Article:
Niall Innes reviews the procedures of the Financial Ombudsman Service
The FSA handbook is the bible of regulation, and a good knowledge of it will see brokers home and dry, and safe from the sharp end of the FSA's arrows. But is that enough?
Anyone who has seen the handbook will appreciate how detailed it is. There are 11 basic principles ranging from conducting business with integrity to taking reasonable care to control affairs responsibly and effectively with adequate risk management systems.
Breaching the principles can lead to disciplinary action although, in itself, a breach won't necessarily lead to a civil claim for damages.
But, in terms of insurance contracts themselves, the 'insurance conduct of business (ICOB) rules apply. And this is where the customer becomes involved.
ICOB recommends that a comprehensive set of information is given to the customer. For instance, information should be presented "clearly, fairly and in a way that does not mislead", taking account of the customer's knowledge.
No one can criticise these requirements. A consumer can expect nothing less than clear, fair and non-misleading information. But how does an intermediary know on which side of the line they fall? They probably can't, at least not with any certainty.And this is far from ideal.
The general nature of the obligations gives consumers ample grounds to complain if things don't go as they expect.
And who does the consumer turn to if things aren't all they wish them to be? Unless the broker and the consumer can resolve their differences, it's the Financial Ombudsman Service (FOS).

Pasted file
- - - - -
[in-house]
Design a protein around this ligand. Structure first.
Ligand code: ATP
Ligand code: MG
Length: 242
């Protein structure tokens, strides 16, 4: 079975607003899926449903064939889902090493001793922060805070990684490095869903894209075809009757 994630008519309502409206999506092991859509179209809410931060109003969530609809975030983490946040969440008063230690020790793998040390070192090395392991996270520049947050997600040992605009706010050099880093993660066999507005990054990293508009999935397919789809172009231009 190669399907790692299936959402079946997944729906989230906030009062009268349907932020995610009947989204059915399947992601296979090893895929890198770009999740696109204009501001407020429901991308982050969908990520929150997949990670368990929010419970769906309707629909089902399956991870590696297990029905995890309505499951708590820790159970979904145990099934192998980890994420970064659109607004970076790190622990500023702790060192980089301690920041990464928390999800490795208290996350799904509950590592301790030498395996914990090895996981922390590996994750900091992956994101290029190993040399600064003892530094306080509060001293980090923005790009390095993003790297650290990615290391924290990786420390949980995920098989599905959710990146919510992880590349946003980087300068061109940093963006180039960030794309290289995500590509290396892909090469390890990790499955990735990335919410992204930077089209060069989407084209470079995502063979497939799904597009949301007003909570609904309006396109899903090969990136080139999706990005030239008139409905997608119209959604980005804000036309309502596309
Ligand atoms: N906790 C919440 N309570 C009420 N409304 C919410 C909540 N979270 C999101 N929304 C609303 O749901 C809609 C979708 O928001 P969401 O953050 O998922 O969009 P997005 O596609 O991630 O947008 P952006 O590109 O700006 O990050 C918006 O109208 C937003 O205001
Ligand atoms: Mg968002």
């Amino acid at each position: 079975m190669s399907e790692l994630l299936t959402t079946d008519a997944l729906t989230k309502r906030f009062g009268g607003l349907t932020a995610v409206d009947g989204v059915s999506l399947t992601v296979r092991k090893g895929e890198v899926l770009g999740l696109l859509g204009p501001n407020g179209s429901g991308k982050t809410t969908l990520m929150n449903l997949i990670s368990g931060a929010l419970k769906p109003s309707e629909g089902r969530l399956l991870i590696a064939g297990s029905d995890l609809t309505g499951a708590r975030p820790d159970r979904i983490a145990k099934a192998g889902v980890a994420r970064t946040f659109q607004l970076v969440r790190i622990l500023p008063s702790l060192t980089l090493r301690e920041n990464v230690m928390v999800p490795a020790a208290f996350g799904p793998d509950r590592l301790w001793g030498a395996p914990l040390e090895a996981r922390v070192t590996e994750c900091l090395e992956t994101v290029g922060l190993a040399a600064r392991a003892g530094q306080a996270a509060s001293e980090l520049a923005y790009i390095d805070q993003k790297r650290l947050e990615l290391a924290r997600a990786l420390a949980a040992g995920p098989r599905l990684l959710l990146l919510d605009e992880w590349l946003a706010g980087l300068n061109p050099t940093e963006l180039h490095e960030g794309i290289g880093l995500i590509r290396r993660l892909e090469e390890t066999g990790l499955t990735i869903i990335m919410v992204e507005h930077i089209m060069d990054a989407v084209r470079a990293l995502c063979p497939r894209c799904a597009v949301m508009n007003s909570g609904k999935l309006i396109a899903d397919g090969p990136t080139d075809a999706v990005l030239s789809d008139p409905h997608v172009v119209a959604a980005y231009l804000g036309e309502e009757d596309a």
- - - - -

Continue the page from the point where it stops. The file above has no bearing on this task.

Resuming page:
FOS has been known to financial advisers for some time. It is less well known to the general insurance market - but it won't be for long.
The organisation was set up to provide an independent, quick, informal and confidential forum to resolve disputes. It is free to the consumer and non binding, but if the consumer accepts FOS' decision it becomes binding on all parties. If not, the consumer is free to move on to court.
How then, does the system work for the brokers and their insurers?
Getting a clear picture of the decisions before FOS is difficult as they are not published. They certainly act as a filter to unmeritorious claims. Of the initial inquiries made to it, only around 18% were converted to cases, but that is still around 110,000 per year, and growing.
So how do you deal with claims that pass the FOS filter?
This is where the general nature of the FSA obligations and the informal nature of FOS may cause a problem.
The FOS does not determine disputes by applying the doctrines of duty, breach and causation in the way a court would.
Its overriding obligation is to determine what is "fair and reasonable" - to the adjudicator and to the ombudsman.
No doubt the FOS does all it can to try to approach cases consistently, and summarise some decisions in its publications, but there is no bank of precedents to consider.
Take for instance IFG v The Financial Ombudsman Service (2005).
The clients had money to invest and sought advice from IFG. They would accept a medium level of risk. IFG advised them to invest in two separate funds. Both were high risk investments and both turned out to be a mistake. One of the schemes proved to be particularly disastrous.